The Stories Under Our Feet

December 20, 2015

Rain

Rain – photo by John Lynch

The Stories Under Our Feet‘ are ephemeral light and text artworks trimming the edges of the benches that surround Manchester Central Library. I developed a series of short observational poems drawing on changing weather and seasons to create moments of contemplation for people walking by or sitting on the benches. The piece was developed for the Enlighten Manchester Festival of Light and Sound Art 2015 and was funded using public funding through Arts Council England.

I was pleased with the positive public response to the work. So many people stopped to slowly make their way around the benches to read the poems, smiling once they’d completed the set and commenting on how nice it was to see engaging artwork in the public domain.

Sunshift1 JL

Sunshift – photo by John Lynch

I changed the piece each night to shuffle the poems and show a variety. The light and shadow cast changed each night also, sometimes easy to read, other times a little more difficult and erring more towards the aesthetic of the feathery light and shadow effect. I like people to engage with my work and I also like to slow them down from their daily lives if only for a few moments. For some, they only noticed the attractive lighting effect, whereas others spent time reading the poems more carefully. Going off the feedback at the time, it seems something positive was gained from both types of encounter.

You can see more pictures of the work on my website here.

 

Lost and Found couple JL

Lost and Found (couple) – Photo by John Lynch

I also created another piece “Lost and Found“: understated light and reflection pieces activated by the viewer. Passers by interrupt the reflection to become either ‘lost’ ,‘found’ or sometimes both to highlight the search for sense of self and connection between people.

One visitor told me that she lost her little boy in the library on the visit and found him at my piece – he’d positioned himself so that he had ‘lost’ projected onto him. She said once she’d found him, she took a picture of him with the word ‘found’ on him instead. Great to know my artwork helped to reunite the two, but also that it was easily understood and interacted with!

 

Little boy Lost JL

Lost and Found – Photo by John Lynch

 

Many thanks to John Lynch for the photos, and to Enlighten Manchester/Curated Place and Arts Council England for their support in realising these pieces.

 

 

 

 

 

 

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In October I ran creative writing and light art workshops at Manchester Central Library as part of the build up to the Enlighten Manchester Festival of Light and Sound Art. These workshops explored themes of memory and identity using creative writing and a final session of light and shadow play.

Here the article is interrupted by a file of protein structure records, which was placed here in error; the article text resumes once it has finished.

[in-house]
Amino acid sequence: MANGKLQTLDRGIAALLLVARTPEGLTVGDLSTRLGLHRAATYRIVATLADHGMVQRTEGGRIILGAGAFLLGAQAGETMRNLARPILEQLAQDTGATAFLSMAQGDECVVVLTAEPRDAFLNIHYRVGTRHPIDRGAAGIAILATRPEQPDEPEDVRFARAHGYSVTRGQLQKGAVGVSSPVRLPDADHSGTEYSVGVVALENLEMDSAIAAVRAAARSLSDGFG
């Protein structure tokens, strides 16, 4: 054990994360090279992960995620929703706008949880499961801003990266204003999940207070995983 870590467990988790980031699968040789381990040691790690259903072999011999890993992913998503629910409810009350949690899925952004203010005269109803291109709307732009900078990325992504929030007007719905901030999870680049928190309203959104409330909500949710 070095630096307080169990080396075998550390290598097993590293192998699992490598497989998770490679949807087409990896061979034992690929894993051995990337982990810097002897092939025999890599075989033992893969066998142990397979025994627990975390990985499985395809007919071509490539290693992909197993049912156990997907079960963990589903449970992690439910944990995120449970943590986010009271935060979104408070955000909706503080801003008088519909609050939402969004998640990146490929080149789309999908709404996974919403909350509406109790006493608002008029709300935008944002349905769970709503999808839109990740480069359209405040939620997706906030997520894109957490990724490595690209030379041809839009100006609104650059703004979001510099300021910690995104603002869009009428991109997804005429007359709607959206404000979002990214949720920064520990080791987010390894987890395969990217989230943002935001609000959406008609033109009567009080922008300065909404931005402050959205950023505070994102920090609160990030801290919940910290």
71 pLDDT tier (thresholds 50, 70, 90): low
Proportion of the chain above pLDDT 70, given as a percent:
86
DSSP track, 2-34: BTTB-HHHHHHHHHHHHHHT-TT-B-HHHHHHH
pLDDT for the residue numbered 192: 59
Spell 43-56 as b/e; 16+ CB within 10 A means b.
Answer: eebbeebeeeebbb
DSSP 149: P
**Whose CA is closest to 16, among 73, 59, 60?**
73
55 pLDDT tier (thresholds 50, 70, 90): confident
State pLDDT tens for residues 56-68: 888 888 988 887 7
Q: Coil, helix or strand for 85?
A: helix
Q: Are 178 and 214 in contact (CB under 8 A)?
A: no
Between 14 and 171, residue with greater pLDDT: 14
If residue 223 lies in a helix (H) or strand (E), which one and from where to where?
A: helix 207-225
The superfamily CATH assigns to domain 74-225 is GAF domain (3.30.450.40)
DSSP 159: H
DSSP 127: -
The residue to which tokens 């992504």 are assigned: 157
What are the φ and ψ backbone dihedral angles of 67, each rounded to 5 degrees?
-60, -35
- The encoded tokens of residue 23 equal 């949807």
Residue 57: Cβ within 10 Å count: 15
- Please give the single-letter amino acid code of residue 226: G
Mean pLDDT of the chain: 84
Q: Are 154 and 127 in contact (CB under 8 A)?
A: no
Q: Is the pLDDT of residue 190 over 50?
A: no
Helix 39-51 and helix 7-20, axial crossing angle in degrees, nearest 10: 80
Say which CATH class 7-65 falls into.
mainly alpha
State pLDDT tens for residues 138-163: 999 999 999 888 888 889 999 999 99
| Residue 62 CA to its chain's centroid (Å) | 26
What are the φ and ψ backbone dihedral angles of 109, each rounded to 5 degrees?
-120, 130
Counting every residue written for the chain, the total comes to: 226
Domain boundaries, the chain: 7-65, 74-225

The workshops were split into sections, the first introduced participants to the library resources for interesting reading and inspiration material in order to explore their own memories to tell stories in interesting literary ways. The second used experimental literary techniques to create new writings and further refine work for the final week. In the final session I introduced everyone to various light and shadow play techniques and long exposure photography. They also used their own writing to create pictures in the shadow word style I use in my own practice and in my Enlighten Manchester final piece “The Stories Under Our Feet“.

The inspiration for these workshops came from a previous project with the Stroke Association, which delivered workshops in creative writing, visual art and photography to help stroke survivors to explore their memories (I have written more on this project here: Curating Stroke: Stories of the Self Through Art and Science).

I’m really pleased with the workshops, I only wish I could have had longer to help develop more work as three sessions only provided a taster of what is possible!

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I interviewed Chris Lowe, Senior Lighting Designer at international architectural firm, BDP. We talked about his work as a lighting designer, his love of Tungsten lamps and guerrilla lighting, all published in The Double Negative. View the full article here.

Subluminal lighting

Light Holds Me Here exhibition (photo credit S.Illes)

Light Holds Me Here exhibition (photo credit S.Iles)

This year I made what only existed in my mind into a reality. There’s not much more an artist can ask for, really! Here’s a recap of my artistic year gone by.

In January my degree piece ‘Leap and the Net Will Appear’ was still on show as part of the Nesta Art Showcase, selected from a national call out to be exhibited in central London at the Nesta gallery space.

Leap and the Net Will Appear